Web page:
How can we directly sequence PCR-amplified DNA from agarose.

Hank Seifert h-seifert at
Fri Apr 29 09:38:34 EST 1994

In article <Pine.3.87.9404282351.D13603-0100000 at cmu.chiangmai> asmsi002 at CMU.CHIANGMAI.AC.TH (Wasun Chantratita) writes:
>On 27 Apr 1994, David Schuster wrote:
>> Dear Wansun,
>> Why aren't you using Gibco BRL's GlassMAX cartridges?  I've talked to a number a
>> customers that were successful with direct sequencing of 5' RACE products.
>> Bands were excised from agarose gels, purified over GlassMAX, and then sequenced
>> by cycle sequencing.  Its very important to use an internal primer for the
>> sequencing reaction.  Primers used for PCR amplification don't seem to work.
>Hi Dave
>Long time, no see.
>  I glad to meet you again though just from text mode thru internet
>world. I also heard people saying that Its a must to use an internal
>primer for the sequencing reaction.  Primers used for PCR amplification
>don't seem to work. Do you know the reason, why?
>	According to purification of PCR-amplified DNAs using
>GlassMax, would it be possible to use with PCR-amplified DNAs which their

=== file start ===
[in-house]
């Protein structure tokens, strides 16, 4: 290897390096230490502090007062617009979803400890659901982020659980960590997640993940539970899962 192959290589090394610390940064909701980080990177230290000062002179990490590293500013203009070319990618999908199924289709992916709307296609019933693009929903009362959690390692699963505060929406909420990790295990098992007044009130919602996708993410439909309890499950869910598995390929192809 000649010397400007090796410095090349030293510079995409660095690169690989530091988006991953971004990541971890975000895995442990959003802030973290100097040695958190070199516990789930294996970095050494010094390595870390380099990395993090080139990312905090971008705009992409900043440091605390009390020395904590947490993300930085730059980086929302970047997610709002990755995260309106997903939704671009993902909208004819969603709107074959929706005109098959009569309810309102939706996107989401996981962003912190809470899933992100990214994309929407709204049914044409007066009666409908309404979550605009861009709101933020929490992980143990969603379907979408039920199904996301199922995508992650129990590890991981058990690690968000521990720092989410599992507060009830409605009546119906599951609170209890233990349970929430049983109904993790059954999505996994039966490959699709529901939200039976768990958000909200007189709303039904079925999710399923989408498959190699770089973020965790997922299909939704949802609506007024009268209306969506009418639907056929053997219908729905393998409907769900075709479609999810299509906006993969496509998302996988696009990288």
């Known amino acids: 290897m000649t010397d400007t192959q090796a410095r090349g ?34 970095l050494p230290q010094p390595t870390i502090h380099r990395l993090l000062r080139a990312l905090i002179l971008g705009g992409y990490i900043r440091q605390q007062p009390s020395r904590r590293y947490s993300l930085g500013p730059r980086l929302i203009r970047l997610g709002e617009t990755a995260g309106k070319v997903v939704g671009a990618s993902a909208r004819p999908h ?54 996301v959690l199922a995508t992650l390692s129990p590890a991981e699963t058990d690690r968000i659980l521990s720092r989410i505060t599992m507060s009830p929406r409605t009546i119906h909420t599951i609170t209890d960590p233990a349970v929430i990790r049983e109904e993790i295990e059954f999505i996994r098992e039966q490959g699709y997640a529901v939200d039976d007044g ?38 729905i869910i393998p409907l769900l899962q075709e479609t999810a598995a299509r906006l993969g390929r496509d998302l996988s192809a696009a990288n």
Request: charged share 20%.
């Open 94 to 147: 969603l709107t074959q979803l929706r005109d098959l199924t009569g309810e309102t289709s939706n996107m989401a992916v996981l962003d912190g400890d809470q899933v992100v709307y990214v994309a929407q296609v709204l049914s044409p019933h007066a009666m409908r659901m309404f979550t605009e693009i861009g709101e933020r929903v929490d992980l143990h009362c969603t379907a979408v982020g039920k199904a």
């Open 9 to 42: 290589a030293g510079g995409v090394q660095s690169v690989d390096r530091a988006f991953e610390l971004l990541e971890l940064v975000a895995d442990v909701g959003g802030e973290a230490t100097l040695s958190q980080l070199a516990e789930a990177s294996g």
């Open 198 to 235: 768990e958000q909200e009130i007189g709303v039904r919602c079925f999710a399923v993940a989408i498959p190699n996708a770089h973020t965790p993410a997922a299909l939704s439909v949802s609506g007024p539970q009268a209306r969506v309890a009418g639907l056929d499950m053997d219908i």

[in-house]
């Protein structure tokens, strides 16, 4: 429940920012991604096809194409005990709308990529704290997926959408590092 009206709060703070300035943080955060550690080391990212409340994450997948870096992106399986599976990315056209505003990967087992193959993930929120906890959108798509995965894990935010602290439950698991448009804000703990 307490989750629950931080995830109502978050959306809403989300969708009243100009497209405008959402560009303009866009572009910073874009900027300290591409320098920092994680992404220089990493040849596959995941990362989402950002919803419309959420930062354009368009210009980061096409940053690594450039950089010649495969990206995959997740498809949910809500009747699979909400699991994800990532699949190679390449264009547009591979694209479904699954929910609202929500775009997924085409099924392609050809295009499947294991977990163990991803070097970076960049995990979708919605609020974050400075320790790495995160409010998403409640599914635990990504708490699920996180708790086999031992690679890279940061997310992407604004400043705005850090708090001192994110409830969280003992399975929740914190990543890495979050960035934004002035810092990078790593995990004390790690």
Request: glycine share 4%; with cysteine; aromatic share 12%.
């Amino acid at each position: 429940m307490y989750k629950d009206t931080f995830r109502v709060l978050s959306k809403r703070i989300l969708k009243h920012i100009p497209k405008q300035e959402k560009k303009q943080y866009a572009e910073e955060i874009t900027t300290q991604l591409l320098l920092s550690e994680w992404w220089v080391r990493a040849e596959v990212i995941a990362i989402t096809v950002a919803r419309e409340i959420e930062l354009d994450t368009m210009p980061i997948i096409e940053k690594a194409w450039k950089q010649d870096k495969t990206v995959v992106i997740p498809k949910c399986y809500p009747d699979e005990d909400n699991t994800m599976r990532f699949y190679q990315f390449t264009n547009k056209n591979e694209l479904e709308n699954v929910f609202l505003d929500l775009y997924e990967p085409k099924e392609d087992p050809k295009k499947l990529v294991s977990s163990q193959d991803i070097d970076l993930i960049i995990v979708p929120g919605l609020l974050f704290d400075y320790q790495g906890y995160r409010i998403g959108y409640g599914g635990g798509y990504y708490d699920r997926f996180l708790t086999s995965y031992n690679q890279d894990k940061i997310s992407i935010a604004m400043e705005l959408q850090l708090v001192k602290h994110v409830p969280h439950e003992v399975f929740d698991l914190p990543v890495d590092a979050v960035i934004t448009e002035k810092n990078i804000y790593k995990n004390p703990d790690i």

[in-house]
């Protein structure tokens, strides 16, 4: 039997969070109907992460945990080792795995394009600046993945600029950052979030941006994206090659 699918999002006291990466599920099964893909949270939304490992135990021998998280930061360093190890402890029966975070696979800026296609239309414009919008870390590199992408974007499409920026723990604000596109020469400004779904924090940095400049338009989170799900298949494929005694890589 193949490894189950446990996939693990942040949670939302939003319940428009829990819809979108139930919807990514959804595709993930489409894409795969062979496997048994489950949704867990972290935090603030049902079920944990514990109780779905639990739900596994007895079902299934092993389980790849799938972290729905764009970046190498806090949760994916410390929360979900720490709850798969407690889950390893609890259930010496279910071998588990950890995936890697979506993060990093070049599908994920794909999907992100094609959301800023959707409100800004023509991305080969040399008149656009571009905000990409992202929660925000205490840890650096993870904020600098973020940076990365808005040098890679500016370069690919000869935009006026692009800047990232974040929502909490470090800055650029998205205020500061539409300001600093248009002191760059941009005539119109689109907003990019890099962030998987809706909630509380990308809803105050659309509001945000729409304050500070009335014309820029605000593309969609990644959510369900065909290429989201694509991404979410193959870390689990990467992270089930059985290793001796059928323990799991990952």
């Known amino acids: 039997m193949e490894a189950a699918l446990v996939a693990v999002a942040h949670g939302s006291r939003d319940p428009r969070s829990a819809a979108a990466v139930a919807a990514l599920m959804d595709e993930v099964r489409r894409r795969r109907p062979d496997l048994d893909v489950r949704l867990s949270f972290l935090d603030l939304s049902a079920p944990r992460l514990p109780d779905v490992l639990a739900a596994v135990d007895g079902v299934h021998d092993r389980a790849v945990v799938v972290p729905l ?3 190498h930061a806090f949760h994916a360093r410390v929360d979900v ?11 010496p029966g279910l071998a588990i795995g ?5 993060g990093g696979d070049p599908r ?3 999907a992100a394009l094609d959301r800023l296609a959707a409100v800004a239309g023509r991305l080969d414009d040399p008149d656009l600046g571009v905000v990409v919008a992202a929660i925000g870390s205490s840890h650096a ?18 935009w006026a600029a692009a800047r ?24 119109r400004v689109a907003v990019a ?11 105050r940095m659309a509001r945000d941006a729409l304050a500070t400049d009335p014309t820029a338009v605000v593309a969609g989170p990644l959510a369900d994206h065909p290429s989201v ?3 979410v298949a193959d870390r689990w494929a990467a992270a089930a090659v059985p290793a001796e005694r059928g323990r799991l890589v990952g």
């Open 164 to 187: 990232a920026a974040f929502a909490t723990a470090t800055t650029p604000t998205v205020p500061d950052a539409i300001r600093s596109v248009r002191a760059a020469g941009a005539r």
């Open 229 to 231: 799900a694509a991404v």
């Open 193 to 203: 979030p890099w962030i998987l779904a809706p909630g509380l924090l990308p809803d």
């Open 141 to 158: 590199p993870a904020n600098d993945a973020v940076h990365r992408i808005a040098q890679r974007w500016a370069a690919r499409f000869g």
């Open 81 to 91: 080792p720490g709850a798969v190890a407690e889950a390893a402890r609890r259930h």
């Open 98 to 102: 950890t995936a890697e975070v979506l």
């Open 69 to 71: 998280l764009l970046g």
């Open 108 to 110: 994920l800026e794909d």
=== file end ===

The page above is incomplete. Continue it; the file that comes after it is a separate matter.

>sizes less than to 200 bp?
>	Yesterday I failed to obtain any PCR-amplified DNA (540 bp) from low
>melt agarose using Glassmax. Does glassmax will work only with ordinary
>       Would it be possible to utilize a PCR-amplified DNA obtained from
>amplification reaction mixture using Glassmax for cycle sequencing?
>Best regards,
Dear Wasun:
We have used amplification primers sucessfully many times 
although internal primers usually work better (i.e., cleaner 
sequence).  To use the same primers you must get rid of the 
unlabeled PCR primers.  First make sure you are using a minimal 
amount of primers in the PCR to produce a product.  Although 
many protocols recommend 50 pm, we often find that 10-20 pm 
works well.  We purify our product by spin dialysis through 
Sepherose CL6B which removes the primers, enzyme etc, but any 
purificcation scheme should work.  We then do cycle sequencing 
with end labeled primers. This works almost every time after 
each invididual worker has done it three times.  I don't really 
understand this learning curve, but it is very consistent.
I hope this helps.
Hank Seifert
Northwestern University

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